Appeals judge should be removed for using client and campaign account as a ‘personal ATM,’ ethics panel says
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A judicial ethics panel is recommending removal of a suspended Georgia appeals judge for exploiting an elderly client before joining the bench and using campaign cash when he was a state legislator to pay for personal expenses, including a family trip to Hawaii.
In a Jan. 30 report and recommendation, a hearing panel of the Georgia Judicial Qualifications Commission said Judge Christian A. Coomer of the Georgia Court of Appeals had used the client and the campaign funds as a “personal ATM,” Law360 reports.
Law.com and the Associated Press also have coverage.
“That the bulk of [Coomer’s] improper conduct occurred before he began serving as a judge does not change the sanction equation: Removal from office is still necessary to safeguard the public’s perception of the judiciary,” the hearing panel said.
Coomer had argued that the commission couldn’t consider conduct that happened before he was a judge.
The panel said the elderly client had made three loans totaling $369,000 to Coomer’s limited liability company, all of which included conflicts waivers. Coomer offered no security. Indeed, two of the loans listed the client’s address as security (which Coomer later attributed to a scrivener’s error). The loans would not have matured until the client was past age 80 for one loan, past age 90 for a second, and “well into his second century of life” for a third.
Coomer did not misrepresent the terms of the loans, however, and he made timely payments. He repaid the first loan in full in 2018 and the latter two after the client sued.
Coomer also drafted a will and a living trust for the client, making himself a trustee and a beneficiary as instructed by the client. When Coomer drafted a replacement will before assuming the bench, Coomer and his heirs were among the beneficiaries, while Coomer’s wife was an executor and a trustee.
Coomer had maintained that he was unaware of an ethics rule that bars lawyers from preparing wills that name themselves or family members as beneficiaries.
Coomer had used campaign cash for the Hawaii trip and to keep “the sinking finances of his law practice afloat,” the hearing panel said. He also used campaign funds for a family trip to Israel that had a partial legislative purpose.
Coomer at first reimbursed his campaign account for only some of the Hawaii and Israel expenses. He fully reimbursed the account after the Georgia Government Transparency and Campaign Finance Commission began investigating.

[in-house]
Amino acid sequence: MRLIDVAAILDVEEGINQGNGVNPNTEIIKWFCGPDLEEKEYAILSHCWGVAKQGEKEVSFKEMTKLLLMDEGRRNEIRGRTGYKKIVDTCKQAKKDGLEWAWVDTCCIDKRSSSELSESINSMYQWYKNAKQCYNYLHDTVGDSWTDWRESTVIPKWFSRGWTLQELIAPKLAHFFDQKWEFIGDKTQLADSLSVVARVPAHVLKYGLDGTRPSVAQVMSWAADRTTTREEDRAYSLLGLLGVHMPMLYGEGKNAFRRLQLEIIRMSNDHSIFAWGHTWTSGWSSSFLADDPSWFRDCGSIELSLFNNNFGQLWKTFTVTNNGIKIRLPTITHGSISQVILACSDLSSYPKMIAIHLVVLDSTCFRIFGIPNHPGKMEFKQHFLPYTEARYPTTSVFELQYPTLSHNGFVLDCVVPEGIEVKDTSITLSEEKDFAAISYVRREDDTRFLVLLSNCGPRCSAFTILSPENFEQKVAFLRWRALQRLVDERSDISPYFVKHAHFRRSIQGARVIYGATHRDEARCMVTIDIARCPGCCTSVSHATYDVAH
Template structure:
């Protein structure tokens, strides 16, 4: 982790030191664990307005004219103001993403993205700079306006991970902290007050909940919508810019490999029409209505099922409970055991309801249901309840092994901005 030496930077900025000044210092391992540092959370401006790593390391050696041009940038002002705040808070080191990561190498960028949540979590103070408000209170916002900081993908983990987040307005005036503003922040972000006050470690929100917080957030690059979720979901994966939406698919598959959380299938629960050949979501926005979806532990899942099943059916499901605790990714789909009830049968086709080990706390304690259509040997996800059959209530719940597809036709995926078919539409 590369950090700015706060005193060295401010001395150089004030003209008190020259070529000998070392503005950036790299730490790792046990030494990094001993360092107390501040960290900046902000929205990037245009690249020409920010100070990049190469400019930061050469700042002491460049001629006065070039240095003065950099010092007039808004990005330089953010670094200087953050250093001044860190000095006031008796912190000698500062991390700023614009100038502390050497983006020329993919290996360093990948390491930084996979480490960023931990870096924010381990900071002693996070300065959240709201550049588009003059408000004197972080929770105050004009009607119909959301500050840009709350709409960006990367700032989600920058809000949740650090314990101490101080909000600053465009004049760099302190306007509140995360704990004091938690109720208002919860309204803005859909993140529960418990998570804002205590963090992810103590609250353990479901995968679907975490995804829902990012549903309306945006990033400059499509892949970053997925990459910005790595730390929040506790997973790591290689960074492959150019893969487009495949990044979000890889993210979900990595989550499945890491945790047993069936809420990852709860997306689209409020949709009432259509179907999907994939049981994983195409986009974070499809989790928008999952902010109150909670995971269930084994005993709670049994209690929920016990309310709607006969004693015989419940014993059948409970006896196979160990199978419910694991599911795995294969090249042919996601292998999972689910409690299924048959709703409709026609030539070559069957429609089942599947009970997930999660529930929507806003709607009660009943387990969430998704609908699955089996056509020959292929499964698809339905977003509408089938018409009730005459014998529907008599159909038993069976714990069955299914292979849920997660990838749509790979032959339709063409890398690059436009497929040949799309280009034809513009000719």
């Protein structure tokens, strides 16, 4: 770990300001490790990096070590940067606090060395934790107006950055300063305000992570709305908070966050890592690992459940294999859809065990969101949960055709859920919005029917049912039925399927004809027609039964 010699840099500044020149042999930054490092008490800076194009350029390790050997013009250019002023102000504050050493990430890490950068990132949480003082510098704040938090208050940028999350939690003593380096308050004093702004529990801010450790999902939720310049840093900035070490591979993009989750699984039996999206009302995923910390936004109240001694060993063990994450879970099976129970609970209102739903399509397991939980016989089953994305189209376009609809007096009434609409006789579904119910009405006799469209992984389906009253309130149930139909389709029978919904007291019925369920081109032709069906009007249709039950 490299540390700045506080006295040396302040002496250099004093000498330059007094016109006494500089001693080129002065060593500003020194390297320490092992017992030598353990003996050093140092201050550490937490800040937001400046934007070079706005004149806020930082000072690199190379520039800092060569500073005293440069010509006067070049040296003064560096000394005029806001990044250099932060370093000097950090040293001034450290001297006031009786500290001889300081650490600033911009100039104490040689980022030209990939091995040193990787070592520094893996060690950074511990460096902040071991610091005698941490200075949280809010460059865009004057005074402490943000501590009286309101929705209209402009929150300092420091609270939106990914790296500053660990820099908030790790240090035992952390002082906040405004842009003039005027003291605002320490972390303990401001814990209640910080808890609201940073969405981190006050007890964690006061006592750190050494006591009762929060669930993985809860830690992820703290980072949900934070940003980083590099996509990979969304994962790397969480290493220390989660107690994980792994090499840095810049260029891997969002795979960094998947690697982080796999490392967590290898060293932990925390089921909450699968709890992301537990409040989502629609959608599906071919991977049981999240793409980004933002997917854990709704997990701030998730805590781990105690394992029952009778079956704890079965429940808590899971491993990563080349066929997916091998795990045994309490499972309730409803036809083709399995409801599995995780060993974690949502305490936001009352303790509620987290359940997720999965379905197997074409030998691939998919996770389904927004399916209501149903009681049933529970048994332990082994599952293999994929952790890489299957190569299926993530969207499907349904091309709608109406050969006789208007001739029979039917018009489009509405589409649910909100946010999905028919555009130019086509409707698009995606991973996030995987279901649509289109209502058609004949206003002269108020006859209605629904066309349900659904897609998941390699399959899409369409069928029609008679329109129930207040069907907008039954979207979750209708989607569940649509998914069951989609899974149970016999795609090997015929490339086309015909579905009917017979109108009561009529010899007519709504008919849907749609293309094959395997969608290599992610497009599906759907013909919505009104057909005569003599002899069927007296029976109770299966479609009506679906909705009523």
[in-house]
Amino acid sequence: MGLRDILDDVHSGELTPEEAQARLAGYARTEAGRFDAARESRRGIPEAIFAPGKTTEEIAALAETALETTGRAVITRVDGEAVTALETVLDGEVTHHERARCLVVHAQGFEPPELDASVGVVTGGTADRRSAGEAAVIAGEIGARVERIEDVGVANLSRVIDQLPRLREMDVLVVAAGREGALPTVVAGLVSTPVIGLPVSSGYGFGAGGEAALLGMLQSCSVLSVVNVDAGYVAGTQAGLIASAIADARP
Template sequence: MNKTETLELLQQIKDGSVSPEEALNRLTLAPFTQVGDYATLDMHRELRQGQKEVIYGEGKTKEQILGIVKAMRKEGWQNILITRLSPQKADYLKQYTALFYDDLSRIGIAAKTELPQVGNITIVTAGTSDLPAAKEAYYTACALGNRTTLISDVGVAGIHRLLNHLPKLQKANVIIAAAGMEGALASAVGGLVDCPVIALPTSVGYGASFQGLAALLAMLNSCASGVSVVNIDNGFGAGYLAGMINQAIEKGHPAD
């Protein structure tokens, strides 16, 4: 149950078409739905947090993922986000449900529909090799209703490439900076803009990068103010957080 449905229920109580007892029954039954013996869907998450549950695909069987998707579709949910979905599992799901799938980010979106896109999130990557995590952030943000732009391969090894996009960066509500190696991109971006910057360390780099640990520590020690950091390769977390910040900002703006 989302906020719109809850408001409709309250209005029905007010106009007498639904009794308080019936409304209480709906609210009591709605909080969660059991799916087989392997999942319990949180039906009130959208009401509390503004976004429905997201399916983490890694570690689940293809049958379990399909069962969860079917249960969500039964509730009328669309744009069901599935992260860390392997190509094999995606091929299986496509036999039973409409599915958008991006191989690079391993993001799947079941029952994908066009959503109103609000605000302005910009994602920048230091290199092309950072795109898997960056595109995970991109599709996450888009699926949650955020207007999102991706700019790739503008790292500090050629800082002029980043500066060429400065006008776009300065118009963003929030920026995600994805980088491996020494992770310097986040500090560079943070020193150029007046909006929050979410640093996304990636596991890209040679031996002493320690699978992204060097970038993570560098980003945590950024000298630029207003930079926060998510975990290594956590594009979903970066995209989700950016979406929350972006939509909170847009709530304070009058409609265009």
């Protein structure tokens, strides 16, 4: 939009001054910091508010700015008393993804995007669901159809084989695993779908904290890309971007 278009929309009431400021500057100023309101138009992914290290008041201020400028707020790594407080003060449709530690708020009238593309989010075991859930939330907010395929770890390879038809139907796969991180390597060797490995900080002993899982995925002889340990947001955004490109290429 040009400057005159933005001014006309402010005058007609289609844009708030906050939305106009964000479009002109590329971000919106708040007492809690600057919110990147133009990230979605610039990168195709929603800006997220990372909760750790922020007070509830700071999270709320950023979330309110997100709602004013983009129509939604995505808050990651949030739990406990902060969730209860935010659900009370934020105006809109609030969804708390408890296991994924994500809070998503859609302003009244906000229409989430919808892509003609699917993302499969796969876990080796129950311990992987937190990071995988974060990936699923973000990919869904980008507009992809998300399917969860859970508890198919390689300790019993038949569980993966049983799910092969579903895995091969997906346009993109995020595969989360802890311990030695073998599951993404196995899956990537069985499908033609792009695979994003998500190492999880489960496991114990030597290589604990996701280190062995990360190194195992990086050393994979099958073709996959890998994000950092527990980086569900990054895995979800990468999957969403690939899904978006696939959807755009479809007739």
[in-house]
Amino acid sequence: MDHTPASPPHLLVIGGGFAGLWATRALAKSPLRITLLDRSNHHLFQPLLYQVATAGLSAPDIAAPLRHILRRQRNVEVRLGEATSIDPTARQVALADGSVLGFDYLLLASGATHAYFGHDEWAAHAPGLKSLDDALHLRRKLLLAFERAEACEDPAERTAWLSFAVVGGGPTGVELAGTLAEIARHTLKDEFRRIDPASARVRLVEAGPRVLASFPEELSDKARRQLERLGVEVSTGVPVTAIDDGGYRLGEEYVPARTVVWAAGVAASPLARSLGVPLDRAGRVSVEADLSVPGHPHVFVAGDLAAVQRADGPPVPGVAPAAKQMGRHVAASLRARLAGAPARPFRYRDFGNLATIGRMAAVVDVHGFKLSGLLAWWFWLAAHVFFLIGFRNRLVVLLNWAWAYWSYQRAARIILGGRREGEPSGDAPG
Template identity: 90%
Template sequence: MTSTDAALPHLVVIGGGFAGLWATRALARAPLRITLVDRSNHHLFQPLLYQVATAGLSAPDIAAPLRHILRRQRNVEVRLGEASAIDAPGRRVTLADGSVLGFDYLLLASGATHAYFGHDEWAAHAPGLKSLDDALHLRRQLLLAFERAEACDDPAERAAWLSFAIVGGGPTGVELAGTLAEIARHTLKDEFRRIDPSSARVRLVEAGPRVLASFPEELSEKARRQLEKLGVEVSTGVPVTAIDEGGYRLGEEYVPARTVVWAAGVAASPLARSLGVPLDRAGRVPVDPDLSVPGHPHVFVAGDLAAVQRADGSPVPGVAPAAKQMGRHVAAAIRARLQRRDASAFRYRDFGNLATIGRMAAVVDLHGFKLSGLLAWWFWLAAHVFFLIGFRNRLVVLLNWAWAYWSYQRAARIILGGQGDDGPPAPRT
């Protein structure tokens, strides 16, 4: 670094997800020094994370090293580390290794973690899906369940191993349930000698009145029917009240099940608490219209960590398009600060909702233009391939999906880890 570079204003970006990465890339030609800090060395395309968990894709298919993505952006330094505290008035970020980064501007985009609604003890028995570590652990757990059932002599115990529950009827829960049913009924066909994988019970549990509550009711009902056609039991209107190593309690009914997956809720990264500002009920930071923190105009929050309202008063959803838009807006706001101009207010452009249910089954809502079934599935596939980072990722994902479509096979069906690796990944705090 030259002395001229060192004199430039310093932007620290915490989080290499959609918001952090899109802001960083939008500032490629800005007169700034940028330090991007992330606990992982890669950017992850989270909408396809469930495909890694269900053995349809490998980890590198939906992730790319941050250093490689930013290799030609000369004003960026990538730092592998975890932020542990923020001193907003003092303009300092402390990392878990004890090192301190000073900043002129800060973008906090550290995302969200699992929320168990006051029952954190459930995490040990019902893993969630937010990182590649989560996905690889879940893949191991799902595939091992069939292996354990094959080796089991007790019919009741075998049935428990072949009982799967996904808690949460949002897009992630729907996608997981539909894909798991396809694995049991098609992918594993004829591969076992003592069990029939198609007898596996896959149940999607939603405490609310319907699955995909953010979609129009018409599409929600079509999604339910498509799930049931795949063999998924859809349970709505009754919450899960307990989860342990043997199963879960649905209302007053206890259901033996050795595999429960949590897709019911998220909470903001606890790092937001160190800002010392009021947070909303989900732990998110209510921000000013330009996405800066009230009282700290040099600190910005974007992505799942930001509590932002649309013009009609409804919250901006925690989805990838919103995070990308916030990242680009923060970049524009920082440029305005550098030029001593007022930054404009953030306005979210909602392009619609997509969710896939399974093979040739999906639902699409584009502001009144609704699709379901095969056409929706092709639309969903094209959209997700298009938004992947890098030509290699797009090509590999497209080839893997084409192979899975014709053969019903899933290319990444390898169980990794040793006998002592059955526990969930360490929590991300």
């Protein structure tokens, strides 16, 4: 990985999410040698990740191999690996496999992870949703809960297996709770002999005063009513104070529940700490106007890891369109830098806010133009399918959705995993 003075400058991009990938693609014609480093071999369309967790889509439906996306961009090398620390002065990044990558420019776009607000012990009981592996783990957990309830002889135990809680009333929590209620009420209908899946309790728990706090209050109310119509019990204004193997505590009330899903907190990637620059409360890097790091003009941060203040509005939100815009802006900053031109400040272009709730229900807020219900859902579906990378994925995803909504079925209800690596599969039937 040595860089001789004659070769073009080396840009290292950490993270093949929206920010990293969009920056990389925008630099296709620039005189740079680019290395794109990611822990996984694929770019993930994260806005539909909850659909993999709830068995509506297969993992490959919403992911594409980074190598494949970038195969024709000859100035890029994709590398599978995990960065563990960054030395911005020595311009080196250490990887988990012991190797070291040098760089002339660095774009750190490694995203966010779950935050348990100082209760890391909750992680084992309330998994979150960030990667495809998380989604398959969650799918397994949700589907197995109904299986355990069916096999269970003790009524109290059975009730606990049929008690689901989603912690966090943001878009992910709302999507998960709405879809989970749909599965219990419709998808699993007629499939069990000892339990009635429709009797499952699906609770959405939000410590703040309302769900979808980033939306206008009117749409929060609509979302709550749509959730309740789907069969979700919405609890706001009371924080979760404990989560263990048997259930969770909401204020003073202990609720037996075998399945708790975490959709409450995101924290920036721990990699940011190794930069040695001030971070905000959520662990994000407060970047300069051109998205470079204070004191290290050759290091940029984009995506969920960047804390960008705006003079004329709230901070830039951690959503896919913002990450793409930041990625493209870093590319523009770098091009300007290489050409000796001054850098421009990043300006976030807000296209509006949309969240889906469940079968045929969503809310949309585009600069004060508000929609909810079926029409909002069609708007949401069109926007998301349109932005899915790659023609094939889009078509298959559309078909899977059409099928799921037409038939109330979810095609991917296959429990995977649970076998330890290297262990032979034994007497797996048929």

Coomer had maintained that some transfers to his law firm were inadvertent, while others were intended to reimburse the firm for expenses that it incurred for the campaign. The transfers usually happened when Coomer’s firm account was overdrawn or dangerously low, the hearing panel said. He later transferred the money back to his campaign account.
In mitigation, Coomer had no prior disciplinary record, he was “somewhat cooperative” in the disciplinary case, and some witnesses viewed him as a man of “good Christian character,” the panel said.
The panel noted that character evidence from Coomer’s superior officer when Coomer was in the U.S. Air Force’s Judge Advocate General’s Corps. The superior officer saw Coomer as a smart, capable leader who excelled in everything he did. The superior officer also put Coomer among the top 1% of officers he has met.
If that’s true, the hearing panel said, Coomer “knew exactly what he was doing when he convinced [the client] to loan his assetless and judgment-proof limited liability company hundreds of thousands of dollars on those unreasonable terms, when he drafted and executed those ethically impermissible and indefensible estate documents, … and when he used thousands of dollars held in public trust to fly his entire family over 4,000 miles away to the beaches of Hawaii for a private vacation at a time when he had already been appointed to be a judge on the [Georgia] Court of Appeals.”
Coomer’s “long-term pattern of violating attorney ethics rules and campaign finance laws to his own financial benefit, his lack of remorse, and his payment of restitution only after his wrongdoing came to light outweigh mitigating factors and demand removal from office,” the hearing panel said.
The hearing panel found that ethics regulators had proven 29 counts but found for Coomer on seven other counts.
Coomer was appointed to the Georgia Court of Appeals in September 2018 and was sworn in the next month. He was reelected in 2020 to a term that ends in 2026.
Coomer’s lawyer, Mark Lefkow, gave a statement to Law.com and the Associated Press. He noted the findings for Coomer, including a finding that Coomer did not violate an ethics rule barring fraud, deceit, dishonesty or misrepresentation.
“The panel’s finding that Judge Coomer did not commit fraud, deceit, dishonesty or misrepresentation is correct and consistent with what the witnesses testified. The recommendation otherwise misconstrues the evidence in a manner not supported by the witnesses’ testimony and the record, and it imposes legal standards not established by the law,” said Lefkow in the statement reported by Law.com. “While we thank the panel for its consideration of the evidence, the Georgia Supreme Court remains the only body that can remove a judge from office. Judge Coomer hopes and believes the [Georgia] Supreme Court will look carefully at the record and the law and reach a different conclusion.”
ABAJournal.com: “Suspension imposed after appeals judge is accused of making himself a beneficiary of ex-client’s will”